## What is the hardest thing I need to be able to do to use this method?

You need to be able to divide a number from 0 to 34 by 7 and take the remainder. If you remember the sequence 0, 7, 14, 21, and 28, you can take the largest of those and subtract it from the number, and you get the remainder directly.

## Method from 1900 to 2199

Remember the current values of M and N^{1}. For each advance of year,
increase M by 19 or decrease it by 11, whichever keeps it in the acceptable
range 0 to 29. If the new value happens to be 25, subtract one.^{2}
For each advance of a year, increase N by one, or by two
if the new year is a leap year. If N goes over 6, subtract 7, to keep
it in the acceptable range 0 to 6.

Calculate A^{3}. A is the same as M, unless M is 28 or 29, in which case
A is one less than M.

Calculate B. B is A plus N.

Calculate C. C is the remainder of division of B by 7.

Calculate D. D is A minus C.

Calculate the date of easter. It is either D minus 3 in April, or D plus 28 in March.

25.4.

^{1}N is the same N as used for knowing what day of the
week it is in Conway's doomsday method
I've described on another page.

^{2}This happens every 19 years, in years exactly divisible by
19, which are 2014, 2033, 2052, 2071, 2090, 2109, 2128, 2147, 2166, and
2185.

^{3}A is the number of days after March 21 (the spring equinox
according to the church) of the
first full moon (again according to the church). The remaining steps are just to get the next Sunday from
that, but that can be achieved in other ways too, like using the
doomsday method. The approximations in these rules of the spring equinox and the moon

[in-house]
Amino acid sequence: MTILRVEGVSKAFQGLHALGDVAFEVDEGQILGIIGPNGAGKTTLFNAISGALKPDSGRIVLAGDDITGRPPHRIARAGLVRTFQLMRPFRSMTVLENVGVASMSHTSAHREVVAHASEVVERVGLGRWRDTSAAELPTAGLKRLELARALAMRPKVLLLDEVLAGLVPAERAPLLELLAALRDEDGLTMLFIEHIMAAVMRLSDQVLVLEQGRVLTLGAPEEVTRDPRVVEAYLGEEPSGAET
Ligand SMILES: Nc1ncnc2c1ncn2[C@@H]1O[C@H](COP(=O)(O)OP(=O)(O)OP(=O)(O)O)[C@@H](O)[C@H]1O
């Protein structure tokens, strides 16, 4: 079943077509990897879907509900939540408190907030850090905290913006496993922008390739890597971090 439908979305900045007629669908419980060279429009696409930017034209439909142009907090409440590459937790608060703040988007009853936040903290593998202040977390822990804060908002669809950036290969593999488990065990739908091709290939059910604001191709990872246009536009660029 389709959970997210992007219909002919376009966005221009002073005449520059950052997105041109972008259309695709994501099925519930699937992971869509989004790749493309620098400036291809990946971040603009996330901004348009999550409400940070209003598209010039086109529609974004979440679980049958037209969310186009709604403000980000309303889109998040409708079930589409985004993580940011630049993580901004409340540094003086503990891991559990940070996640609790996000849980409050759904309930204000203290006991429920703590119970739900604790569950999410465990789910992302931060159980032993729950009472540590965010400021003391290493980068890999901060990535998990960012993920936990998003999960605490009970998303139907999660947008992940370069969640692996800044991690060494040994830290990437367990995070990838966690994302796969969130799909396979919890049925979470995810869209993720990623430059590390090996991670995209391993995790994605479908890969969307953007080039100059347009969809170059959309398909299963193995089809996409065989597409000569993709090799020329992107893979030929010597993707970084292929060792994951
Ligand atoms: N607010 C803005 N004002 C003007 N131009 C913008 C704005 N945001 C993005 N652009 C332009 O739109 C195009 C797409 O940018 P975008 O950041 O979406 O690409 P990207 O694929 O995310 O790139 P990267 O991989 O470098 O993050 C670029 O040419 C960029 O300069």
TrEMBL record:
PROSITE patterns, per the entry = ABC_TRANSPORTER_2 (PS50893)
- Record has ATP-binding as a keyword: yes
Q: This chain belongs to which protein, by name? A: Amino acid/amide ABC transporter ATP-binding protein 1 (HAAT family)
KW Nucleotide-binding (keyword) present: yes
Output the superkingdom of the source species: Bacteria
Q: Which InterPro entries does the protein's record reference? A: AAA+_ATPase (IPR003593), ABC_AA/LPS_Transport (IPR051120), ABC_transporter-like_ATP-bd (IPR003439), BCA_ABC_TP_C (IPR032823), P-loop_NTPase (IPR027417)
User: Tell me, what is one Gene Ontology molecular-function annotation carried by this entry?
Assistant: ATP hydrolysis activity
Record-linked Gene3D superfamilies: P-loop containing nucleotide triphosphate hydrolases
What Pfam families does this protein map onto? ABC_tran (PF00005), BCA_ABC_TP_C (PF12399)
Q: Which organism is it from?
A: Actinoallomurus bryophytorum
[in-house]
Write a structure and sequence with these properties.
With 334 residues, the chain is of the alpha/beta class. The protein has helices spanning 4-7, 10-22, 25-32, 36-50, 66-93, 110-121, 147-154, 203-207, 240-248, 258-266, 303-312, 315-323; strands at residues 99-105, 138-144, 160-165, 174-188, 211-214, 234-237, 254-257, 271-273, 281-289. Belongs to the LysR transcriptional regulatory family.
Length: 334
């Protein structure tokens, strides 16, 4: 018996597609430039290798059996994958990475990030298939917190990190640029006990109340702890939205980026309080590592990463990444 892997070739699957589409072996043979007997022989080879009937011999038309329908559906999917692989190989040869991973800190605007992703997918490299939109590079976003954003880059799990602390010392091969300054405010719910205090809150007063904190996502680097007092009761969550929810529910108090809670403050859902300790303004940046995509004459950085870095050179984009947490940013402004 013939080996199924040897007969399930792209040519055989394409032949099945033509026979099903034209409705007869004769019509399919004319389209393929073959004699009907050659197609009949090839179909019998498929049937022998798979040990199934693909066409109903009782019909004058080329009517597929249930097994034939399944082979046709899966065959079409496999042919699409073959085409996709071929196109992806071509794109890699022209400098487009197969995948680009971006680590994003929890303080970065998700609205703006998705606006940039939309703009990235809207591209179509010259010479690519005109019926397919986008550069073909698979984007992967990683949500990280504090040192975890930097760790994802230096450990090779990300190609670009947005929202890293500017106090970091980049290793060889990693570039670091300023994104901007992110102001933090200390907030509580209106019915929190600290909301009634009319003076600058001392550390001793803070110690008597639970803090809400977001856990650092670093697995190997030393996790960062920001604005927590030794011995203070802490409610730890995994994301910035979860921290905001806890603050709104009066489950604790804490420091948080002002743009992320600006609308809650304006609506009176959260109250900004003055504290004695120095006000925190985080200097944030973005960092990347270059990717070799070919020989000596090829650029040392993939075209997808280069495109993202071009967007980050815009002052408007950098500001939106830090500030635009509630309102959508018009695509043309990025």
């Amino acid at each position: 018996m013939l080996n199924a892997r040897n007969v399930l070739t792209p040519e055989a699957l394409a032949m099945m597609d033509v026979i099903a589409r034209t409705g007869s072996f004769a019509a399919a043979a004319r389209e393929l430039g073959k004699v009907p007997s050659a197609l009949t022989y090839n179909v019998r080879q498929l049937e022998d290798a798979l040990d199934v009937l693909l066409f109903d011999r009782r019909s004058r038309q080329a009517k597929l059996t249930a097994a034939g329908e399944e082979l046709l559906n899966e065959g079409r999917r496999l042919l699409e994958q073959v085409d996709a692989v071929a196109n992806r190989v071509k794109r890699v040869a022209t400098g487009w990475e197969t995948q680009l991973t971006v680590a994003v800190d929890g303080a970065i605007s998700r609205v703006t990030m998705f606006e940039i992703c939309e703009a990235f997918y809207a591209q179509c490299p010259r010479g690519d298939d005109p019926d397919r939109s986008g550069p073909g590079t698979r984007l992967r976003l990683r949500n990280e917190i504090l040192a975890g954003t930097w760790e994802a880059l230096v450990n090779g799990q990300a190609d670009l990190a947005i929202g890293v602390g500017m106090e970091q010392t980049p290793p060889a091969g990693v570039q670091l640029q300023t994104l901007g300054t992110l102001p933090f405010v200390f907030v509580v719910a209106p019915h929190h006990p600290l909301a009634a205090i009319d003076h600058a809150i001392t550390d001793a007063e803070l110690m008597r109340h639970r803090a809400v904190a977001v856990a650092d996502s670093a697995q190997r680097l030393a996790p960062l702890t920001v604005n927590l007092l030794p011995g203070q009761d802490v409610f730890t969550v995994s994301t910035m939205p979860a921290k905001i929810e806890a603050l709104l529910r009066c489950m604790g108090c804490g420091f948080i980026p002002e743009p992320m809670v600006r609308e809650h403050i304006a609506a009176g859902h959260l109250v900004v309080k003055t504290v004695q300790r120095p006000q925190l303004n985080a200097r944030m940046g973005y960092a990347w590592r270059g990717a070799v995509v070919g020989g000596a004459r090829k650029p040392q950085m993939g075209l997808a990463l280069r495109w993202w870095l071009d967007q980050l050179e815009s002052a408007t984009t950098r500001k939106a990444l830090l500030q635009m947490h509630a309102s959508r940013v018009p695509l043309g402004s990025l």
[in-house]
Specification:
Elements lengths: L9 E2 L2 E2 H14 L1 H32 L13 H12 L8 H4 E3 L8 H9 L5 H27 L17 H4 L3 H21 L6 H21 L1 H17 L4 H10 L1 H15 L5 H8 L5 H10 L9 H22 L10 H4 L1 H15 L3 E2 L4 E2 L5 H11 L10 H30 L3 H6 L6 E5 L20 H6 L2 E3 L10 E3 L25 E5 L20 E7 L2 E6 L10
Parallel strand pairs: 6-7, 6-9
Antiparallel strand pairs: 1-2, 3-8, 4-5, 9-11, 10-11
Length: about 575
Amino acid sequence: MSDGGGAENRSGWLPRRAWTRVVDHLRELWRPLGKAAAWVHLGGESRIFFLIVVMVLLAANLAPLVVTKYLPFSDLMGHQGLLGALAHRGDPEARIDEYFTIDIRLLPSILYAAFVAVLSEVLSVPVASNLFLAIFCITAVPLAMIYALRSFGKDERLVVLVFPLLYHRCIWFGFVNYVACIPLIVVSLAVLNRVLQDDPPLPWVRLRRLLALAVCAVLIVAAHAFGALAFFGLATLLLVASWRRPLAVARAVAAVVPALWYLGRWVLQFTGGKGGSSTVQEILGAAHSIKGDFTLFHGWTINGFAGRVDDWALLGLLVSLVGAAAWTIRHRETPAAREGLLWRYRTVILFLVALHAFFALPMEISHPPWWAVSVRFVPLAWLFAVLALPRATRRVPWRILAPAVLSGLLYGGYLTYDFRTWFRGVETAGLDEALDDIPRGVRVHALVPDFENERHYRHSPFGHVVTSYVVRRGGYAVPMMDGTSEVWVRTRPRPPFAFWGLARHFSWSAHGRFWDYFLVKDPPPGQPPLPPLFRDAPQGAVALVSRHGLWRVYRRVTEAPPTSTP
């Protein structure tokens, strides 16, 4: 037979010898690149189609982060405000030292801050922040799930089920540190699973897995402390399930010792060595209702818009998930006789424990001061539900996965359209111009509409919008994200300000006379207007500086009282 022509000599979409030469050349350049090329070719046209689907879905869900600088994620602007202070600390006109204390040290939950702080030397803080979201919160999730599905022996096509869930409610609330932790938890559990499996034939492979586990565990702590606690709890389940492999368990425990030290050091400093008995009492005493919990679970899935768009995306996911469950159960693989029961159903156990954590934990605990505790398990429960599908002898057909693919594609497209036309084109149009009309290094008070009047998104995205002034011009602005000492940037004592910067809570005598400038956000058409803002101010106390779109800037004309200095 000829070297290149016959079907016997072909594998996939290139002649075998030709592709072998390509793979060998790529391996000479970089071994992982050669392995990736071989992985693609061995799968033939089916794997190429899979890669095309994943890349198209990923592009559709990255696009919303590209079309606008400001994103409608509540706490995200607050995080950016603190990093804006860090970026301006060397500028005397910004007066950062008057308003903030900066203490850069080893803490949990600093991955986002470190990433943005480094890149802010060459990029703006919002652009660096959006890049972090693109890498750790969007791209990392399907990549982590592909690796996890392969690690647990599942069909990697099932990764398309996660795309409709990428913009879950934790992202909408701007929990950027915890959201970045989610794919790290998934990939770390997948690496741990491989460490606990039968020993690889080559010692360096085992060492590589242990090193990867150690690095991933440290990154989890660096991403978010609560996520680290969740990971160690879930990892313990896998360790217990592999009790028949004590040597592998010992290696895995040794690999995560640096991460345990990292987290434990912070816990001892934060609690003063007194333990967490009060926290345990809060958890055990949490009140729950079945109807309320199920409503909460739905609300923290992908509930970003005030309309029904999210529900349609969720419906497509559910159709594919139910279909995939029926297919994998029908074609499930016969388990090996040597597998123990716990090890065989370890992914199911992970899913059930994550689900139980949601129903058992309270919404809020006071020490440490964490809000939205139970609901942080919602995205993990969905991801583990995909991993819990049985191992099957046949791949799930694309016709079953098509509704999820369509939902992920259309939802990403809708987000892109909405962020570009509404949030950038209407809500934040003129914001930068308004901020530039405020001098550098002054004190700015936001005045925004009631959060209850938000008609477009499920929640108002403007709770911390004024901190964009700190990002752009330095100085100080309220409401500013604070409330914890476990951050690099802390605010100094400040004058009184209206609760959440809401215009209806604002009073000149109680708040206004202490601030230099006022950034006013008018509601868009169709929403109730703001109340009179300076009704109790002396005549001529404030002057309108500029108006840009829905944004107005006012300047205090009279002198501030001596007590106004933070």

cycle can be off from reality by a day or two, but easter is defined by these rules,
not the sun and the moon. But if you don't mind the small error, this way you can get the phase of the moon for any date. You can go forwards or backwards by a year or so from the spring full moon by steps of 29,5 days without introducing too much extra error.

## What if I lose my place or want to calculate a year a long way from now?

Divide the year by 19 and the remainder is G. Divide 24 + 19*G by 30 and the remainder is M.

Divide the year by 400 and the remainder is Z. Divide Z + Z/4 - Z/100 + 2 by 7 and the remainder is N.

## Other centuries

The 19-year cycle of M starts from 24 between 1900 and 2199. In 2200 it starts from 25. The formula for the initial value in a given century is 15 + 3*century/4 - (5+8*century)/25. Divisions are rounded down to the nearest whole number. When the result is 30 or more (which happens after 3400), it is divided by 30 and the remainder taken.

The handling when M is 28 is different in different centuries. Only if M is 28 in the last 8 years of the cycle, is one subtracted to get A of 27. This is the same as the year divided by 19 having a remainder of 11 or more.

This happens to be those centuries where the cycle-initial M multiplied by 11 and divided by 30 gives a remainder of 19 or more, so after 2199 the first time this happens is in 3100.

The first easter which was calculated anywhere with these rules was in 1583. Before that, the cycle of M always started from 15, and the leap year system was simpler, every fourth year was always a leap year.